Thursday, June 14, 2012

June Bloom Day



Hard to believe it's mid-June already, and time for Bloom Day!  It's been busier than usual, hotter than usual, and much drier than usual this month, much like the rest of Spring 2012 in our little corner of the world.

Still, Bloom Day goes on, and these are some favorite blooms in our garden this month. Tree pruning last year left us with a bit more sun, and that's meant more blooms at once than ever before on this 8-year-old mini rose.


Borage grown from seeds from Renee's Garden last year happily reseeded, and are most welcome for their second year.


The ballast on our basement light burned out this winter.  It was replaced under warranty but in the meantime most of the overwintered plants didn't fare well including a poor fuchsia.  Since the hummingbirds love them so much, we sprung for a new one.  The buds look like little lanterns.


Centaurea montana has been blooming for several weeks.  We're enjoying the last few blooms, and so are the bees.


'Happy Returns' daylilies generally start blooming here in June.  Some summers they go nonstop until October.  Other years they rest a few weeks between bloom periods.


Salvia nemorosa 'Blue Hill' is another long-blooming perennial here.  Last year they bloomed all summer. Aside from it's long bloom and attractiveness to pollinators, it has among the cleanest foliage I've seen on a salvia. 


Some years heavy rains have rotted Rieger begonias.  Not this year.  Rain has been far too scarce.


Heuchera x villosa 'Mocha'  has become a favorite of the coral bells we grow here.  The photo doesn't do justice to its large, rich, coffee-colored foliage.  This heuchera blooms all summer.  Even when the bunnies eat the bloom spikes I don't fret, since there will always be more.  The flower spikes are really pretty in cut flower arrangements, and they glow in morning sunlight in the garden.


Geranium 'Rozanne' is another long-blooming perennial, even with very little sun.  It gets dappled sunlight here a few hours a day, but still manages to bloom from June through the first hard frost.


Overwintered Dragon Wing begonias didn't fare well after the ballast for the basement light burned out, so we sprung for new ones.  They're a container staple here in our shady conditions.  They're so easy care, and bloom beautifully all summer.


Two  pelargoniums in this pot survived the ballast debacle and are starting to bloom.  Besides the two pelargoniums (commonly called geraniums,) basement survivors, this pot has a few cell pak impatiens, some ivy, purple fountain grass, a couple of orphaned celosias given to me by my favorite local nursery since their cell-pak mates were dead, and a couple of 'Crystal Palace Gem' pelargoniums.  'Crystal Palace Gem' is a cultivar that's been around since the 1800's.  They have great chartreuse foliage that's so pretty, who cares whether they bloom.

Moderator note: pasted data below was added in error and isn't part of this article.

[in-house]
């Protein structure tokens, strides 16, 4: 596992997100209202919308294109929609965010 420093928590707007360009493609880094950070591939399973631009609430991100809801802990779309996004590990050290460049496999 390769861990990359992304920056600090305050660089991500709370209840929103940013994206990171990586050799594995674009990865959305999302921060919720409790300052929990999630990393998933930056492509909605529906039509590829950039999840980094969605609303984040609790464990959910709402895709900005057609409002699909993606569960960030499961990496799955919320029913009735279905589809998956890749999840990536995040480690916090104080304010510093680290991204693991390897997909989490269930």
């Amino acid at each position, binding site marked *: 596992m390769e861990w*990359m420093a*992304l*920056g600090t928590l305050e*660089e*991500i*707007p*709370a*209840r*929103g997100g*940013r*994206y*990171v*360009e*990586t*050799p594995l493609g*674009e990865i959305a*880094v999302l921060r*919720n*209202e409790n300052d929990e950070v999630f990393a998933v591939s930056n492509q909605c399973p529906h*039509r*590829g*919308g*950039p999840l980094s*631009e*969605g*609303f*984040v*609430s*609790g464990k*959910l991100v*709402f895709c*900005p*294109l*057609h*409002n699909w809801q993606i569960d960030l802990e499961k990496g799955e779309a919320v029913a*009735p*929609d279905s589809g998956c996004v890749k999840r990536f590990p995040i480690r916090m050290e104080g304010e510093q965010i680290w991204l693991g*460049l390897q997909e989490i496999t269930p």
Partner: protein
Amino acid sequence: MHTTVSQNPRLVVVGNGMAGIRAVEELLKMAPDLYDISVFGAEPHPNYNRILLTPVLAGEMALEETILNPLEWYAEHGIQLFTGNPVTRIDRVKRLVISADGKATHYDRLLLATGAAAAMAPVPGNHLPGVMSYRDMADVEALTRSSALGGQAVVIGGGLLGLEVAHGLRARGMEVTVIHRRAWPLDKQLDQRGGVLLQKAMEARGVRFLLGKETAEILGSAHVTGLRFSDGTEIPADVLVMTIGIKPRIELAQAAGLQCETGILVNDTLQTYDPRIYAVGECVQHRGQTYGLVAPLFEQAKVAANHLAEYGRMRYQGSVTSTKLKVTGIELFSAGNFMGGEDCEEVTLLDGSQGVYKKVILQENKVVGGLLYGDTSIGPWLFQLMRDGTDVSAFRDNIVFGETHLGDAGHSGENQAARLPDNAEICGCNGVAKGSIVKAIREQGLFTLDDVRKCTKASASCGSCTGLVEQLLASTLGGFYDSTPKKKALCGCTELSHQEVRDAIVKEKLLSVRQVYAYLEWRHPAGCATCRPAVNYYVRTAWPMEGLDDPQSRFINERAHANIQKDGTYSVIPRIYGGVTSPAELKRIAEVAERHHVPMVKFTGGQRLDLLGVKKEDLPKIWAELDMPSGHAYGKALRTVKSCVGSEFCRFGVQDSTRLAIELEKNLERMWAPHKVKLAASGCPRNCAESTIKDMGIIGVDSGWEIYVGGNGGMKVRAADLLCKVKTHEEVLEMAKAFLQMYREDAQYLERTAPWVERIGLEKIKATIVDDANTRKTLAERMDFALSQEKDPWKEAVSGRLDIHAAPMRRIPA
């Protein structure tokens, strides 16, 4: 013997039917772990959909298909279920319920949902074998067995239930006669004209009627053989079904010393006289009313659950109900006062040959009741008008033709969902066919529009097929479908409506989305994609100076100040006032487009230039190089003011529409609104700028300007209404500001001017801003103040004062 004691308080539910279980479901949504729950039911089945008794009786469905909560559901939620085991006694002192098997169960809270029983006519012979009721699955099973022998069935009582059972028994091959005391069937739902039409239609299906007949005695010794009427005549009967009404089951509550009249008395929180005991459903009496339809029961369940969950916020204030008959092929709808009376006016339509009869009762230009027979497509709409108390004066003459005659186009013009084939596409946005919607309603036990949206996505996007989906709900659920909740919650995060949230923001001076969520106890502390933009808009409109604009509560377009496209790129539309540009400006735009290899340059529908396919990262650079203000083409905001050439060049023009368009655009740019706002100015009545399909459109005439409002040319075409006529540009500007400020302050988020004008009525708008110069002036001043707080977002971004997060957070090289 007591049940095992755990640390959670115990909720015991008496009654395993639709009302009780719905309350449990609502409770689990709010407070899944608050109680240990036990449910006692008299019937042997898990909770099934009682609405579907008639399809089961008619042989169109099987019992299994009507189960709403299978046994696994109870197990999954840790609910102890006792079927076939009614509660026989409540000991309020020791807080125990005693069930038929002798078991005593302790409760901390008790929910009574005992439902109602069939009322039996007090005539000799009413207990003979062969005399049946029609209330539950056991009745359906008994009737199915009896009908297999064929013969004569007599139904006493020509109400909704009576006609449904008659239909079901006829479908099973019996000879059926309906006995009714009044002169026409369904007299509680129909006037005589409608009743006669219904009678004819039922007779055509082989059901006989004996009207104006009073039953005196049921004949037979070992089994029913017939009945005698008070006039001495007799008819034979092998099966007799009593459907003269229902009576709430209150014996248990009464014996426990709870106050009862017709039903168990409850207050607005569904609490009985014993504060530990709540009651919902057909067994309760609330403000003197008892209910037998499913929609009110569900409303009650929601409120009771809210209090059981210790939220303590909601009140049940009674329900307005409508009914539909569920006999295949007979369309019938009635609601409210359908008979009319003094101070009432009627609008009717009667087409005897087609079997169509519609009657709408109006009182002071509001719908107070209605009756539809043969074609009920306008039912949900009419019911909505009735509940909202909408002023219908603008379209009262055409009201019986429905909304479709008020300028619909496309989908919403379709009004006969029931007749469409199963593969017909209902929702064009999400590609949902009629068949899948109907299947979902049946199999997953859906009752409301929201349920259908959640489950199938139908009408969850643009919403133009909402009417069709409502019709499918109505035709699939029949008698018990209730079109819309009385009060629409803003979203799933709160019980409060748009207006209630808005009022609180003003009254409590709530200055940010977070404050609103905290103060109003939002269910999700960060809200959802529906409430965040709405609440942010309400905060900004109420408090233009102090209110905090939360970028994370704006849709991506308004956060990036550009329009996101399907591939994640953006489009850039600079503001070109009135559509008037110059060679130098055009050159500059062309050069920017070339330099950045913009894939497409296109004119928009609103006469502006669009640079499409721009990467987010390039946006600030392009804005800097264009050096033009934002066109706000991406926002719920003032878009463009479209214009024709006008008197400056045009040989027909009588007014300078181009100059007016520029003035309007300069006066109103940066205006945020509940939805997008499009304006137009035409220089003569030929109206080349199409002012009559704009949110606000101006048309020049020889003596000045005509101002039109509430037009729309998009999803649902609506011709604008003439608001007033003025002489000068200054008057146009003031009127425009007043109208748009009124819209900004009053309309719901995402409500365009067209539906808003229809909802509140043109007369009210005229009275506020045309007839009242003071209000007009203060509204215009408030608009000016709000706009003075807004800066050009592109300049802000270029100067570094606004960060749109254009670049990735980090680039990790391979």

A stem on Asclepias purpurascens suddenly wilted inexplicably, so it was cut back.  The flower head came indoors to be enjoyed, along with a few sprigs of curly parsley.


March was uncharacteristically warm here. The heat jump-started many perennials, and we've had a lot of early bloomers. None have been so early though, as this sedum, 'Matrona,' budding several weeks earlier than usual. 

To see more June blooms from gardens around the country and around the world, please visit the host of Garden Bloggers' Bloom Day, Carol at May Dreams Gardens.

30 comments:

  1. Beautiful collection! You have a lot blooming this month. That geranium 'Rozanne' is beautiful. I love blue flowers. Happy GBBD.
    David/:0)

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    1. Thank you David. I love blue flowers too. Happy Bloom Day!

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  2. Wow what a beautiful collection of contrasting colours where the bright stand outs splash just enough in and around a canvas of various greens and tectures. I love that.

    I the Chaparral country of Southern California you will notice this in the springtime with certain vining and ambling species adding a dash of colour here and there, but certainly not overwhelming their support hosts.

    My Heuchera are both blommong wonderfully in the massive fractured granite bed rock in my backyard. I'll have to photo it. The most exciting bit is the reseeding of themselves in some new cracks a crevaces in the rock which looks to be promising. Adding bit of columbine and Heuchera even strawberry plants is about all I can do with this rock. But we receive so much rain here in Sweden that it's almost a given it will succeed.

    Thanks for these photos - Kevin


    --